Last updated on 25 February 2020
The energy transition is the evolution of our old ways of producing and consuming energy towards a new system that is more in line with today's reality. A system that is:
Since the industrial revolution, the way we produce and consume energy has changed a lot.
Fossil energy (oil, coal, etc.) used to be the only energy that kept our factories and meters running. The limited nature of these resources and awareness of their ecological impact has given a boost to the development of renewable energies.
At the same time, the way we consume energy has also changed. We are consuming more electricity, throughout the day. Since the industrial revolution, the number of inhabitants has increased sevenfold, as has the average per capita energy consumption.
Our energy networks were not designed to meet these new uses and challenges. Hence the need for change.
The energy sector is at the forefront of the many challenges posed by the energy transition.
For example, electricity transmission and distribution networks need to be adapted. Managing the balance between electricity consumption and production is becoming more complicated. To address this problem, smart grids in particular must be put in place.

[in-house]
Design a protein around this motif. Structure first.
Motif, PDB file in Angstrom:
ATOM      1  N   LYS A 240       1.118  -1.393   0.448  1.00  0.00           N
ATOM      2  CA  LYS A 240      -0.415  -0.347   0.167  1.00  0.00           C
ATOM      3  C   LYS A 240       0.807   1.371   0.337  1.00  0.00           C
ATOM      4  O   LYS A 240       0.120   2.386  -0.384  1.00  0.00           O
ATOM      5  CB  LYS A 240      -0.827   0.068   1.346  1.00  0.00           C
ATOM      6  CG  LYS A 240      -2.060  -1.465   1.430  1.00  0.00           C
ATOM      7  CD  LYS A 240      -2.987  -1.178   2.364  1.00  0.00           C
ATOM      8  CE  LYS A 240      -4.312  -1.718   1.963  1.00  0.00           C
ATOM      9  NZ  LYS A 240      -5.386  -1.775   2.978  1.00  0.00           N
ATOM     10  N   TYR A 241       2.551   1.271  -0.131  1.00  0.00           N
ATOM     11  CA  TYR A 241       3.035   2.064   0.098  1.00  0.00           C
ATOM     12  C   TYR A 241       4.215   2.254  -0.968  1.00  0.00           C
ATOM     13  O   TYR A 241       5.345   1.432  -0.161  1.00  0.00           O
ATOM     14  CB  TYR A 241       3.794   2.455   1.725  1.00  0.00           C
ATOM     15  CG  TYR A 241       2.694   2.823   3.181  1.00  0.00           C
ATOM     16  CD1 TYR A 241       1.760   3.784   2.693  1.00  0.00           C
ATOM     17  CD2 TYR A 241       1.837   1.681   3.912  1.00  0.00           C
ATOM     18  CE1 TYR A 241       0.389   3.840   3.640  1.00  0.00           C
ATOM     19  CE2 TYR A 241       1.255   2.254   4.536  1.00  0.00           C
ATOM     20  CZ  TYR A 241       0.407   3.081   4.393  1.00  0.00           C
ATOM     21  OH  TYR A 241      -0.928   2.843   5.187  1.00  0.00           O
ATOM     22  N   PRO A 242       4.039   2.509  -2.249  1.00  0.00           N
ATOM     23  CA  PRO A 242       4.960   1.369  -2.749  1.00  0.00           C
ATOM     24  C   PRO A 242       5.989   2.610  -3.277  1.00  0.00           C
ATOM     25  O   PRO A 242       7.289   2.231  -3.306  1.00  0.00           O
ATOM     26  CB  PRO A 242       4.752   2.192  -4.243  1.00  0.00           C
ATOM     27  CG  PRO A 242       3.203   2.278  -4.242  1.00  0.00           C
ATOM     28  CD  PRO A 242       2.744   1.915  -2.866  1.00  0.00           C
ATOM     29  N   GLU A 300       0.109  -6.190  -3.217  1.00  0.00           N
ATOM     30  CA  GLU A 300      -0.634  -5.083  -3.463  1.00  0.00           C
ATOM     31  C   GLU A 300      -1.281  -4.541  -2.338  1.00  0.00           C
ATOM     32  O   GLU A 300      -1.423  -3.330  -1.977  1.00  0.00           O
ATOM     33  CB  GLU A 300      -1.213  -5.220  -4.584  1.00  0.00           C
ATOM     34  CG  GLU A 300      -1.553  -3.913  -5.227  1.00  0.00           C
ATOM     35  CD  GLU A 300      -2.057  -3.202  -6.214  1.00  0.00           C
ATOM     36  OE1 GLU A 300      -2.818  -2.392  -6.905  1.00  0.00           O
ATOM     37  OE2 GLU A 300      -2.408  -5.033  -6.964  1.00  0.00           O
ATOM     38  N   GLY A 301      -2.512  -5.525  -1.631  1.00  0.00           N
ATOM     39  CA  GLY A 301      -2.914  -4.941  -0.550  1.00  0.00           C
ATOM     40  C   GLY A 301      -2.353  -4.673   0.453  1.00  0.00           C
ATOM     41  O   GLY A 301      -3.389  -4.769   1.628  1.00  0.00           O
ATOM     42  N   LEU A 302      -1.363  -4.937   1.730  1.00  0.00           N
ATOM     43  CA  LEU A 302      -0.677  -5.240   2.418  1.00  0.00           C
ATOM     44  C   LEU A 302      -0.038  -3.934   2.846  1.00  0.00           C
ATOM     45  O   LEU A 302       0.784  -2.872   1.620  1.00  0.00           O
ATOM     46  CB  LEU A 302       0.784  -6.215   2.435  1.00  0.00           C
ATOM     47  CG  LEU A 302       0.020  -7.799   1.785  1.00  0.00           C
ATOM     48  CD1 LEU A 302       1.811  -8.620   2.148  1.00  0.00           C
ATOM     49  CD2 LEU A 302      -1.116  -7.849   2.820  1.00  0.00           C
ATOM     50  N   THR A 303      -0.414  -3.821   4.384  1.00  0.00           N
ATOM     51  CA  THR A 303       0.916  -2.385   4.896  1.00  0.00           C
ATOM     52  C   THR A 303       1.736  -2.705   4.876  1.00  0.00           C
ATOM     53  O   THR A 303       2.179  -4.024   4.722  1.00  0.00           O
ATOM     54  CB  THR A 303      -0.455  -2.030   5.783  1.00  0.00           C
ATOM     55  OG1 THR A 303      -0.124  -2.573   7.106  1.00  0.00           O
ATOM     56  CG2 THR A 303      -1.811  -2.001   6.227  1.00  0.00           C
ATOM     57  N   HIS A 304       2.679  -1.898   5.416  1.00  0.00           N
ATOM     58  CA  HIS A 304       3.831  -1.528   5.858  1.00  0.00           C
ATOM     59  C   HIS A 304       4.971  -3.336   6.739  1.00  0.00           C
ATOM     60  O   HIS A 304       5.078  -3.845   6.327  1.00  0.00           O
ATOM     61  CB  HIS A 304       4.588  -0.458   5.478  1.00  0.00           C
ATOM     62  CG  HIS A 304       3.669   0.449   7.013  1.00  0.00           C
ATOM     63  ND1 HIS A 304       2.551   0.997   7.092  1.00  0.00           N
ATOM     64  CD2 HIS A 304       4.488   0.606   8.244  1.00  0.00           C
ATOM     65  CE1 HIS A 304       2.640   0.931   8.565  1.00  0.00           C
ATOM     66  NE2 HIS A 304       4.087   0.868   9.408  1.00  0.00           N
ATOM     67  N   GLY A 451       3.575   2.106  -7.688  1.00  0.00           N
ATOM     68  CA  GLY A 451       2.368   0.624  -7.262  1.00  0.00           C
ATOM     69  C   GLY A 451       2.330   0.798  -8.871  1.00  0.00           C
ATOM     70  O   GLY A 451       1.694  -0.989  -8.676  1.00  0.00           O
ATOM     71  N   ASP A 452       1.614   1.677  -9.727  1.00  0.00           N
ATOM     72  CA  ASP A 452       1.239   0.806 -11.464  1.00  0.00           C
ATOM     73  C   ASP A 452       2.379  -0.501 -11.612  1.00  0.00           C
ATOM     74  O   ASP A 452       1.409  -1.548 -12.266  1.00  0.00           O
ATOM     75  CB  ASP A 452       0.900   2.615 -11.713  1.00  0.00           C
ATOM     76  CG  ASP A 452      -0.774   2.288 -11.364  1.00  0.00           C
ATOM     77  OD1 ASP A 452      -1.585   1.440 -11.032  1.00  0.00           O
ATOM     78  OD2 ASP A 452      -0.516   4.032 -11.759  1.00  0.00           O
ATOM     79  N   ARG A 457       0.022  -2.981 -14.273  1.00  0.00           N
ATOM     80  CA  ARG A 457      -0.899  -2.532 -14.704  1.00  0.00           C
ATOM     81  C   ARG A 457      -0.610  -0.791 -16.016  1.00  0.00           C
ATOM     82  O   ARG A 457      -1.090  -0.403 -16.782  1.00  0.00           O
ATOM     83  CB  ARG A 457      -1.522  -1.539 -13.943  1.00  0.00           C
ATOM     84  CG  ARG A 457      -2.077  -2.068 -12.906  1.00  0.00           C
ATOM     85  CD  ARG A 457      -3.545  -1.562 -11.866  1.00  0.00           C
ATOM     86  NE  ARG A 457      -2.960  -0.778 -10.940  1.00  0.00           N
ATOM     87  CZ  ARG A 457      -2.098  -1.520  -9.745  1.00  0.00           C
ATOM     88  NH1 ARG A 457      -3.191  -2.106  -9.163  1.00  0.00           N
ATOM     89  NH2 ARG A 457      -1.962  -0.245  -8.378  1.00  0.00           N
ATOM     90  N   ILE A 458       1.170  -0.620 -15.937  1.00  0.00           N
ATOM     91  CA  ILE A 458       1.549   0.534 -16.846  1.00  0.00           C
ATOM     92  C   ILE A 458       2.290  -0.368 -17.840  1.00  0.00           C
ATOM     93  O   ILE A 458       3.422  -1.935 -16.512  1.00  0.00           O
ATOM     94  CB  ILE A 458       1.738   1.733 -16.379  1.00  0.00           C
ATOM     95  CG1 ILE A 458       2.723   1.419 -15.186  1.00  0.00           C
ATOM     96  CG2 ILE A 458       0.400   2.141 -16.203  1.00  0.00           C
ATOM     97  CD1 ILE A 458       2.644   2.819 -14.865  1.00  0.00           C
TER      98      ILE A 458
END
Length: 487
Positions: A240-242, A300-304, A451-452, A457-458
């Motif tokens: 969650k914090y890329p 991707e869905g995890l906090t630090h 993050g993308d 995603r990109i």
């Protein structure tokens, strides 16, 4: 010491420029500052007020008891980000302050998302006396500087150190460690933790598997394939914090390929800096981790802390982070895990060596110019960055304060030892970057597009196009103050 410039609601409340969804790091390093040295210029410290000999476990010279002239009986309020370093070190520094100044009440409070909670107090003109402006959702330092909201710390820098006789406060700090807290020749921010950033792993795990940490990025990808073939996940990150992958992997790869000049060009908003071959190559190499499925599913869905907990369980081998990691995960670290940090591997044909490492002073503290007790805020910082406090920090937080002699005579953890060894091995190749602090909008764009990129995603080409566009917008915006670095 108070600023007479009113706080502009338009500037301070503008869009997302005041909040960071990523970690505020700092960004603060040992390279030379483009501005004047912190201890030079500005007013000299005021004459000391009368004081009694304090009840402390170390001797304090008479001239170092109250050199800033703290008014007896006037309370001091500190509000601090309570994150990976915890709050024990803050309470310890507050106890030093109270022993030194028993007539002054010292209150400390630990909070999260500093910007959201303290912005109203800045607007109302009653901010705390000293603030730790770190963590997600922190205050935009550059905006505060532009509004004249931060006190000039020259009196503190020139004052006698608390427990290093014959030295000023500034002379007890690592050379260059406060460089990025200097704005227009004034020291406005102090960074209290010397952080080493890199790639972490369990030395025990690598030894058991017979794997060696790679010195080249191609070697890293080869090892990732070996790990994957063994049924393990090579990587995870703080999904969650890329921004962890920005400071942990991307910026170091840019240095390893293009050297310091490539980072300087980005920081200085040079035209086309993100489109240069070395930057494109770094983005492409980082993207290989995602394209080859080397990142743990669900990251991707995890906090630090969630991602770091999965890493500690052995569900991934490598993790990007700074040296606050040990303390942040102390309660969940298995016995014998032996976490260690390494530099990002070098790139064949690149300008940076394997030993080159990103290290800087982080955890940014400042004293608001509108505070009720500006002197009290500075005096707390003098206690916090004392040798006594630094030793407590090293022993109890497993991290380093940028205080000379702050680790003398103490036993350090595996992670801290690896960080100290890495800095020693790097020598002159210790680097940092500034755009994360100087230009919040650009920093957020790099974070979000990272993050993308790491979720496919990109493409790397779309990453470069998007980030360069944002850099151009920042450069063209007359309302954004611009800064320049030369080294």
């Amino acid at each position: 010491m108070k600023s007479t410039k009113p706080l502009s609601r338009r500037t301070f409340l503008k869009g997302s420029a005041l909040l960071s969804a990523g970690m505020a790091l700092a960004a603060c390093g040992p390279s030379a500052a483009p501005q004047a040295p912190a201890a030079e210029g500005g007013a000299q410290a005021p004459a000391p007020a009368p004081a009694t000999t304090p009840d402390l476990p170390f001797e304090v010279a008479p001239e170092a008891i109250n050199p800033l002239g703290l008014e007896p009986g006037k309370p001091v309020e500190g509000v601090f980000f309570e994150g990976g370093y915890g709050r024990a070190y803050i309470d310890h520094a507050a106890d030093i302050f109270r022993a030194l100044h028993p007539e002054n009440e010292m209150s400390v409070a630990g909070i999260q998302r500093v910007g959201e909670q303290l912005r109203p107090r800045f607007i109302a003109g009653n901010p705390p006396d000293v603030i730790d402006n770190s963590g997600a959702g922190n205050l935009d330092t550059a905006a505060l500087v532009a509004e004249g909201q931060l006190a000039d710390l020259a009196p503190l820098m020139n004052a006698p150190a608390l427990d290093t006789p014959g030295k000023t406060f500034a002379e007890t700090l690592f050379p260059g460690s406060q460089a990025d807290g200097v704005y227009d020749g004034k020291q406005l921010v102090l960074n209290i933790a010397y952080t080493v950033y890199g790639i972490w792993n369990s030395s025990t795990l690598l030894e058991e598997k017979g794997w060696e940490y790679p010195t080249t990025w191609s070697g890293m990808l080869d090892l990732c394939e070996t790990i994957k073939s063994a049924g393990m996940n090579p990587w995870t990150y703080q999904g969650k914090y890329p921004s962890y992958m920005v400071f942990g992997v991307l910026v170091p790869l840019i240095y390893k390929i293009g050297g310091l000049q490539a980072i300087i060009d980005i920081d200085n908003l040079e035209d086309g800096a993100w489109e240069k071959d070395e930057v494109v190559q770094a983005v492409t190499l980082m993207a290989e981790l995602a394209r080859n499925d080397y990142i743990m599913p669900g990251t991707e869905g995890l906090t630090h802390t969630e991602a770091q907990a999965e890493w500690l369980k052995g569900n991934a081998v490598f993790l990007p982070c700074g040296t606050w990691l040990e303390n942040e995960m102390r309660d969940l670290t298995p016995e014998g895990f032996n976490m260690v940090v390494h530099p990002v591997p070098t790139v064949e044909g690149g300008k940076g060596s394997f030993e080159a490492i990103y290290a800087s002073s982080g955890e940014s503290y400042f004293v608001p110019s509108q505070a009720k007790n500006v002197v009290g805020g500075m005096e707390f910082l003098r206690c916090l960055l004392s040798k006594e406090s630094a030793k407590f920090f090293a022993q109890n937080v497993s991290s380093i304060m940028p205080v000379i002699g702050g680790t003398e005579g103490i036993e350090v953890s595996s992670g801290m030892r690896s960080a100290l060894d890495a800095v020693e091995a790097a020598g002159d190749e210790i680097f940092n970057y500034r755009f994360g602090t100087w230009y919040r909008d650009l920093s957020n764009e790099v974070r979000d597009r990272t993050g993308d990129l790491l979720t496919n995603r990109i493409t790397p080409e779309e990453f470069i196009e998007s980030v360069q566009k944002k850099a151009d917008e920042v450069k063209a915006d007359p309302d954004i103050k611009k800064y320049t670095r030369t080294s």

Authorities at all levels of government have made commitments on energy and climate change. These include: the Paris Agreements, the European Climate and Energy 2030 Action Framework, the National Energy-Climate Plan, etc.
The energy transition is the cornerstone of these commitments. After all, it directly affects the objectives of reducing greenhouse gases, increasing energy efficiency and increasing the production of renewable energy.
The energy transition also concerns each and every one of us! To reap the benefits of a more sustainable, flexible and reliable energy system, the consumer (private or professional) will have to play an active role. How?
That is a matter for debate. Depending on the country, the region and the person you are talking to, there are different opinions on what energies should be promoted for this energy transition.
For some, the energy transition implies the abandonment of fossil fuels and nuclear power in favour of renewable energies. For others, on the contrary, nuclear energy is indispensable for the energy transition.
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